Opus 57: Eight Songs (Lieder und Gesänge) to Texts by G. F. Daumer [August 28, 2008]
Opus 58: Eight Songs (Lieder und Gesänge) [November 7, 2009]
Opus 59: Eight Songs (Lieder und Gesänge) [February 20, 2009]
Opus 63: Nine Songs (Lieder und Gesänge) [July 15, 2006--REVISED November 7, 2009]
Opus 65: New Liebeslieder Waltzes for Vocal Quartet and Piano Duet [October 24, 2008]
Opus 66: Five Duets for Soprano and Alto [September 15, 2009]
Opus 68: Symphony #1 in C Minor [March 26, 2010]
Opus 69: Nine Songs (Gesänge) [April 3, 2013]
Opus 70: Four Songs (Gesänge) [September 11, 2008]
Opus 71: Five Songs (Gesänge) [May 30, 2014]
Opus 72: Five Songs (Gesänge) [June 15, 2014]
Opus 73: Symphony #2 in D Major [January 29, 2010]
Opus 74: Two Motets for Mixed Chorus [June 30, 2009]
Opus 75: Four Ballads and Romances (Balladen und Romanzen) for Two Voices and Piano [March 28, 2011]
Opus 76: Eight Piano Pieces (Klavierstücke) [November 26, 2008]
Opus 77: Violin Concerto in D Major [February 9, 2009]
Opus 78: Violin Sonata #1 in G Major [September 1, 2009]
Opus 79: Two Rhapsodies for Piano [August 13, 2014]
Opus 80: Academic Festival Overture [June 12, 2013]
Opus 81: Tragic Overture (D Minor) [October 14, 2008]
Opus 82: Nänie for Chorus and Orchestra [April 25, 2014]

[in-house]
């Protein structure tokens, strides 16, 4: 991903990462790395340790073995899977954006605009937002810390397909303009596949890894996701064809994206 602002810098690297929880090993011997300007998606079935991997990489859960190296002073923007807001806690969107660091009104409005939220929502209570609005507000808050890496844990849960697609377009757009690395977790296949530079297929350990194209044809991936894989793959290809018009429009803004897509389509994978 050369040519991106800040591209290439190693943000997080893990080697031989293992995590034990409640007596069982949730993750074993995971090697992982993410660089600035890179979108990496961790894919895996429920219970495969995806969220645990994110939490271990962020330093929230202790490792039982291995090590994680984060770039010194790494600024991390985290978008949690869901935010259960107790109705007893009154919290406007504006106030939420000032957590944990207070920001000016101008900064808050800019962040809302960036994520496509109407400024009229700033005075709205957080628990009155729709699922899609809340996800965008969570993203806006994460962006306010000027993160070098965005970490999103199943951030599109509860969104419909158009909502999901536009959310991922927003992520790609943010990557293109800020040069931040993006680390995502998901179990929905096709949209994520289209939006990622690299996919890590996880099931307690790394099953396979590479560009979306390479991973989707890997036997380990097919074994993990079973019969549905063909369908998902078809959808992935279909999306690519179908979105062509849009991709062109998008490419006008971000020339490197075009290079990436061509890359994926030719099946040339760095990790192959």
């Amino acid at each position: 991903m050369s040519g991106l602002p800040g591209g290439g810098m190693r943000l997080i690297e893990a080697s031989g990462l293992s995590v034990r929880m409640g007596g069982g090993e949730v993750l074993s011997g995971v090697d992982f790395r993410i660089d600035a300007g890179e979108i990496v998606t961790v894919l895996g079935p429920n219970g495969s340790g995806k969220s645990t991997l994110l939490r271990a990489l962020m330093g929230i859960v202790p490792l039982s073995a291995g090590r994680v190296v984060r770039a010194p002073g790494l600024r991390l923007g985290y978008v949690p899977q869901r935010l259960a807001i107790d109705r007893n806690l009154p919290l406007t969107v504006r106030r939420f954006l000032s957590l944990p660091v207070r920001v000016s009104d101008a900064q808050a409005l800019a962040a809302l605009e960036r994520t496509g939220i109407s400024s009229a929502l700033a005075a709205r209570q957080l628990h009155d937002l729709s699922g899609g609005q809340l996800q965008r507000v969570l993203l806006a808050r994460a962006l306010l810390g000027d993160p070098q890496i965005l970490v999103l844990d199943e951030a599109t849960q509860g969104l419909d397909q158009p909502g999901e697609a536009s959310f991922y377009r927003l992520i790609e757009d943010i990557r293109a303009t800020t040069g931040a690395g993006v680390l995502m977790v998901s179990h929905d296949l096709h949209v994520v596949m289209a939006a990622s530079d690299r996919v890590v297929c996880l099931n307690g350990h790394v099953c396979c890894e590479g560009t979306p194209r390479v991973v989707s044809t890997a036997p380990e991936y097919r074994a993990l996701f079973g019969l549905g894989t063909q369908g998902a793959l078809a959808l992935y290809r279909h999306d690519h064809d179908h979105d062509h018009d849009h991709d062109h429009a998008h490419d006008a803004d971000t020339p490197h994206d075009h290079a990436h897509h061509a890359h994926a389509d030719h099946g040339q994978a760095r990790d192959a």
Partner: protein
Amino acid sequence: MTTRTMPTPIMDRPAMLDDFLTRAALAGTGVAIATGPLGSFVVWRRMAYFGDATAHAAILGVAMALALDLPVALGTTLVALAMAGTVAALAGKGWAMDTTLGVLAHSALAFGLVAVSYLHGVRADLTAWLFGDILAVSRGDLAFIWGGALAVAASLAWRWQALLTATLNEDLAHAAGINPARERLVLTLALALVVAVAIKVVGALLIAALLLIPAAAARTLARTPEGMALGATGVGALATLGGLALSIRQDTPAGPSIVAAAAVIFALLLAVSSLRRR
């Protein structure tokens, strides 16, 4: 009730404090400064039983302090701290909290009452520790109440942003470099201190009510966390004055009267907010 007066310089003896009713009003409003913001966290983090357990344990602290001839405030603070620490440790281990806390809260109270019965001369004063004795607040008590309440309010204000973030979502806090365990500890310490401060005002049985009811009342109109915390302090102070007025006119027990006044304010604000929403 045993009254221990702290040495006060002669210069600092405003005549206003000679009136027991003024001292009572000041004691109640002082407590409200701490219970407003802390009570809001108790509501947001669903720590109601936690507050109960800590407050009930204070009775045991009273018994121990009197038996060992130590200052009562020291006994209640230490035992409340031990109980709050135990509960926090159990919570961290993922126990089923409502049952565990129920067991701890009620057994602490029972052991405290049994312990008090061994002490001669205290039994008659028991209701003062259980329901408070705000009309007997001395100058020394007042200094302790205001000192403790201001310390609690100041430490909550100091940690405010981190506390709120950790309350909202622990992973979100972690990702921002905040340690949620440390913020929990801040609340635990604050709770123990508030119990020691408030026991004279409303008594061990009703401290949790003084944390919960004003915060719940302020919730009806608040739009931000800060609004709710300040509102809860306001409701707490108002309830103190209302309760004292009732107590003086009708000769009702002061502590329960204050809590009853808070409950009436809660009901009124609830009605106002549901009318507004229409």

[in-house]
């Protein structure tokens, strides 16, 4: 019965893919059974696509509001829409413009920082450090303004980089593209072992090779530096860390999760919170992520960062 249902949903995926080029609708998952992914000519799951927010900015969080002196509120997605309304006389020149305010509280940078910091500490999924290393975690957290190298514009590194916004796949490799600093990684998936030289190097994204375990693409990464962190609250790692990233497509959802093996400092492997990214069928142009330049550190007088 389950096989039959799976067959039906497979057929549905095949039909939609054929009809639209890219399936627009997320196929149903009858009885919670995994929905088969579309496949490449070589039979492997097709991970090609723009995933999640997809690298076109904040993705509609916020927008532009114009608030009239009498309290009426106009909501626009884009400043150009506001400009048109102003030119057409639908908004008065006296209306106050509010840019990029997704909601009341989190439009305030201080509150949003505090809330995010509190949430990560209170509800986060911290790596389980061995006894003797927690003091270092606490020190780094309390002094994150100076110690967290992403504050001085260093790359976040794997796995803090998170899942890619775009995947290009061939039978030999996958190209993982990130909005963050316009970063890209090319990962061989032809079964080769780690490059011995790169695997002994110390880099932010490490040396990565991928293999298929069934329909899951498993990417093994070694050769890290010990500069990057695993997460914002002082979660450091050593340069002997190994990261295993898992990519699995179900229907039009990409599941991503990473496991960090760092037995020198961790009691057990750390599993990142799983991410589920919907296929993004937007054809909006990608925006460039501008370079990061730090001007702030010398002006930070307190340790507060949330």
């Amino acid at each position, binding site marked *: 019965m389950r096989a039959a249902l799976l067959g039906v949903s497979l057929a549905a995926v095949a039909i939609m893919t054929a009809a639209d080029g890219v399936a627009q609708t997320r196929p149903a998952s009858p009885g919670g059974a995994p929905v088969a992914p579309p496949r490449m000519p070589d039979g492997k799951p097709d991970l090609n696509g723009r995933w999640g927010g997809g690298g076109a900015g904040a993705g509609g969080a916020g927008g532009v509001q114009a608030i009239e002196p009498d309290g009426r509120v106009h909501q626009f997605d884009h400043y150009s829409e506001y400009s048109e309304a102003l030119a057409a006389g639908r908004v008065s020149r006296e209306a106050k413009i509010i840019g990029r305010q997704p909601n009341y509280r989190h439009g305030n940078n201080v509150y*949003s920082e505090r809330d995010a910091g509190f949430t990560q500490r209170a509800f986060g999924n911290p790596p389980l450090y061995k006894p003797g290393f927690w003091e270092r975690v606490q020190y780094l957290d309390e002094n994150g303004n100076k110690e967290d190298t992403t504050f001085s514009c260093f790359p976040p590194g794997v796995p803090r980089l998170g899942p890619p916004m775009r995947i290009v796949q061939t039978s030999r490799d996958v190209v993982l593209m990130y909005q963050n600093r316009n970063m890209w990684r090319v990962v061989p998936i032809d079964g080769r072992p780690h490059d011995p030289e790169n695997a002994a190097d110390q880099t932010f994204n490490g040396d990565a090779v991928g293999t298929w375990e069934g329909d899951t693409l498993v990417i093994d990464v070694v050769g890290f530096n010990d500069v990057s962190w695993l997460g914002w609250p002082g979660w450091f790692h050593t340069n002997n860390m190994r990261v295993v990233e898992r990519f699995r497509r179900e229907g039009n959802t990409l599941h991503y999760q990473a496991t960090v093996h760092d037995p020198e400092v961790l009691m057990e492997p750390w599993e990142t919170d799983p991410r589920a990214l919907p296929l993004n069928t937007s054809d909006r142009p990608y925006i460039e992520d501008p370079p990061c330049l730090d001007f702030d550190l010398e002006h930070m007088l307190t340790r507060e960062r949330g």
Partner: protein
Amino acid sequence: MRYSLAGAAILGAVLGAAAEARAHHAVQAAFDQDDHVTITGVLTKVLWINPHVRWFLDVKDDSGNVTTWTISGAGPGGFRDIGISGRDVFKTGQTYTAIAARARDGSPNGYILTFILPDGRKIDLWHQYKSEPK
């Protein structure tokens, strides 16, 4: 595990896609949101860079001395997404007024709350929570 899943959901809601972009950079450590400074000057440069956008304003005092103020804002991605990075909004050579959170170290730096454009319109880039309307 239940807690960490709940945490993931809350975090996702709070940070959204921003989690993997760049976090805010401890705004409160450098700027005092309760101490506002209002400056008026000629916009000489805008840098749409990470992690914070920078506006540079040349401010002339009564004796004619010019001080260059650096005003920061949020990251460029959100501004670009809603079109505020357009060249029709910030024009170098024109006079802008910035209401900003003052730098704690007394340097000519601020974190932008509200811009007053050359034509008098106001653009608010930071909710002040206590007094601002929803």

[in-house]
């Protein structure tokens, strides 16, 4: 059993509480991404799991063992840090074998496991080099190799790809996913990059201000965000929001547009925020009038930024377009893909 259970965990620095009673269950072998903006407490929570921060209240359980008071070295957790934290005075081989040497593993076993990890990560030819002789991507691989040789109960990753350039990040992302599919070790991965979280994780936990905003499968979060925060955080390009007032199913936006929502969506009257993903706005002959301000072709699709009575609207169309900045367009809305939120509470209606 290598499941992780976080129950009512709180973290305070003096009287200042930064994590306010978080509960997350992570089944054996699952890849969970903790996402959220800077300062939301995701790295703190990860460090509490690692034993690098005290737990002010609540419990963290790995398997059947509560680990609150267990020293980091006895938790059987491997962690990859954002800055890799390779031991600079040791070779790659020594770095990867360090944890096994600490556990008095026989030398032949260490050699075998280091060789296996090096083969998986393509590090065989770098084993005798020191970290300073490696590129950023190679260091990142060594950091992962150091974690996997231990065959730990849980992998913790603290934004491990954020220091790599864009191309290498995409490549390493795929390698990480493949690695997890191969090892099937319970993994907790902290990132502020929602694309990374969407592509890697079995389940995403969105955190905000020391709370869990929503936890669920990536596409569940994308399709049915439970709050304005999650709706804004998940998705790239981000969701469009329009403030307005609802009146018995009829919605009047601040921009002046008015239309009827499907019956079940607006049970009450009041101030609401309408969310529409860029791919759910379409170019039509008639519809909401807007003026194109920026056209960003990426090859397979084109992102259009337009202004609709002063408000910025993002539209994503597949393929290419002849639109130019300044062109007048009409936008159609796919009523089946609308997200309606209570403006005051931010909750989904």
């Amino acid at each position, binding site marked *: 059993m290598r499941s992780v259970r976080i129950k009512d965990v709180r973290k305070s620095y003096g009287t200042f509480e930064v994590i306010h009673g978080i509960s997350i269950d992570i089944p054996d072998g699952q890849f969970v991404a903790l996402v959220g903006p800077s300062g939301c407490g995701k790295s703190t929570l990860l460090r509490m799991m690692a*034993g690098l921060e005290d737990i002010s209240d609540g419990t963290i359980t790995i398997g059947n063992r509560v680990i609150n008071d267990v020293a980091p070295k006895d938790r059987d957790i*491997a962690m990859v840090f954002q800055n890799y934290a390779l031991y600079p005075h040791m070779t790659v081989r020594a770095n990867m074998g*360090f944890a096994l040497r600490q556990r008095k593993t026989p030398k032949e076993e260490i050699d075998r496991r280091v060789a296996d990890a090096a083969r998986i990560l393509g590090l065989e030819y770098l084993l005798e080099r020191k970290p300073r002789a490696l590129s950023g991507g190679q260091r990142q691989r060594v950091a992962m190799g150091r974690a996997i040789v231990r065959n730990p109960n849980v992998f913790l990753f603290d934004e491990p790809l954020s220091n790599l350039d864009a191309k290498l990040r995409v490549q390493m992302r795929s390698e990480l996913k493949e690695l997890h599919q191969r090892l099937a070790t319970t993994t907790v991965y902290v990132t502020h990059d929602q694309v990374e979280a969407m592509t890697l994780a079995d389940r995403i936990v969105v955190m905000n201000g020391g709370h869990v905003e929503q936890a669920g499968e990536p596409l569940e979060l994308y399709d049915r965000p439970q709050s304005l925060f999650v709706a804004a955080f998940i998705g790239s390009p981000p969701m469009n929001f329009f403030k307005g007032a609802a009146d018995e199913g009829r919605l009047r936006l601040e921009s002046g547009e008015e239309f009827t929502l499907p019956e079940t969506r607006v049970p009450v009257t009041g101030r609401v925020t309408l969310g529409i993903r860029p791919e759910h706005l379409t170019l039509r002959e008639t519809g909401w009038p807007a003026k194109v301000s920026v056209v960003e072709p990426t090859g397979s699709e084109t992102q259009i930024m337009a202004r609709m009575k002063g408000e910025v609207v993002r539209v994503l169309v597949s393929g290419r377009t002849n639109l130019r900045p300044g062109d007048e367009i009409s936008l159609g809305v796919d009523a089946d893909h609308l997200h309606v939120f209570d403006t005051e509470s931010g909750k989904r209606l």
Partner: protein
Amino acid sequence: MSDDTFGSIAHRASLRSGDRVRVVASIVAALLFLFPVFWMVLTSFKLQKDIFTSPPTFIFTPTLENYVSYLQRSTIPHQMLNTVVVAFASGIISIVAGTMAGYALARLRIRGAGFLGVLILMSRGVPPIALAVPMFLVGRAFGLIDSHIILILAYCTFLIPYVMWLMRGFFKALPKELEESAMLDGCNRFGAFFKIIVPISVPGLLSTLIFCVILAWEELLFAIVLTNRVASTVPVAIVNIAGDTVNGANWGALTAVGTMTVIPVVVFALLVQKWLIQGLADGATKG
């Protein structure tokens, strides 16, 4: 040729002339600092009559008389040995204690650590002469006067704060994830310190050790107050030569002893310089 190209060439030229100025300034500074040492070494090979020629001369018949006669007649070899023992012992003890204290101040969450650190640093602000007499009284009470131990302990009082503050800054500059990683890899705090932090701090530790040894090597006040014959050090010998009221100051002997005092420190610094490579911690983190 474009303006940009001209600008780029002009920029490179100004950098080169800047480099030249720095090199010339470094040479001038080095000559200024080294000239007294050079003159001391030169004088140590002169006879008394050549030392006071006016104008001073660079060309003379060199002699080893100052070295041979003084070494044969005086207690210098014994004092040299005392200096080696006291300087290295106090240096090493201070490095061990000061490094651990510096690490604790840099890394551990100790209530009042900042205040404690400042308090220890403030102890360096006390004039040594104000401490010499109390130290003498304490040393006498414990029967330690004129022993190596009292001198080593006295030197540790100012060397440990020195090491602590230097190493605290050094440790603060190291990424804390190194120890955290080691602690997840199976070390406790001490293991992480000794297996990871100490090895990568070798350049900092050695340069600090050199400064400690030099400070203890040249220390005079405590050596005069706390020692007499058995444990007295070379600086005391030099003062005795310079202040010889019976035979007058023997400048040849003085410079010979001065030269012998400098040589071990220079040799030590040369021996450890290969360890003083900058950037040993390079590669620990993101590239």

Opus 84: Five Romances and Songs (Romanzen und Lieder) for One or Two Voices [June 26, 2006]
Opus 85: Six Songs (Lieder) [August 18, 2008]
Opus 86: Six Songs (Lieder) for Low Voice [November 20, 2008]
Opus 88: String Quintet #1 in F Major [July 21, 2009]
Opus 89: Gesang der Parzen (Song of the Fates) for Six-Voice Chorus and Orchestra [February 26, 2009]
Opus 92: Four Quartets for Soprano, Alto, Tenor, and Bass [June 26, 2009]
Opus 93a: Six Songs and Romances (Lieder und Romanzen) for Four-Voice Mixed Chorus [October 14, 2008]
Opus 93b: Tafellied--“Dank der Damen” (“The Ladies’ Toast”), Glee for Six-Voice Mixed Chorus and Piano [June 26, 2009]
Opus 97: Six Songs (Lieder) [September 26, 2008]
Opus 98: Symphony #4 in E Minor [June 17, 2009]
Opus 99: Cello Sonata #2 in F Major [January 26, 2013]
Opus 100: Violin Sonata #2 in A Major [February 9, 2006--REVISED July 11, 2009]
Opus 101: Piano Trio #3 in C Minor [October 2, 2008]
Opus 104: Five Partsongs (Gesänge) for Mixed Chorus [December 28, 2008]
Opus 106: Five Songs (Lieder) [January 10, 2006--REVISED June 5, 2010]
Opus 108: Violin Sonata #3 in D Minor [March 28, 2007--REVISED September 1, 2009]
Opus 110: Three Motets for Four- and Eight-Voice Mixed Chorus [August 19, 2009]
Opus 111: String Quintet #2 in G Major [September 29, 2009]
Opus 117: Three Intermezzi for Piano [April 2, 2011]
Opus 118: Six Piano Pieces (Klavierstücke) [December 28, 2005--REVISED August 3, 2009]
Opus 119: Four Piano Pieces (Klavierstücke) [August 3, 2009]
Opus 120, No. 1: Clarinet (or Viola) Sonata #1 in F Minor [November 23, 2012]
Opus 120, No. 2: Clarinet (or Viola) Sonata #2 in E-flat Major [December 26, 2012]
Opus 121: Four Serious Songs (Vier ernste Gesänge) for Bass Voice and Piano [May 31, 2010]
Opus 122: Eleven Chorale Preludes for Organ (posthumous) [April 8, 2014]

UPDATE (3/31/17): So how is everybody!  Yep, two years to the day since I posted an update to the site, and I am genuinely sorry.  I didn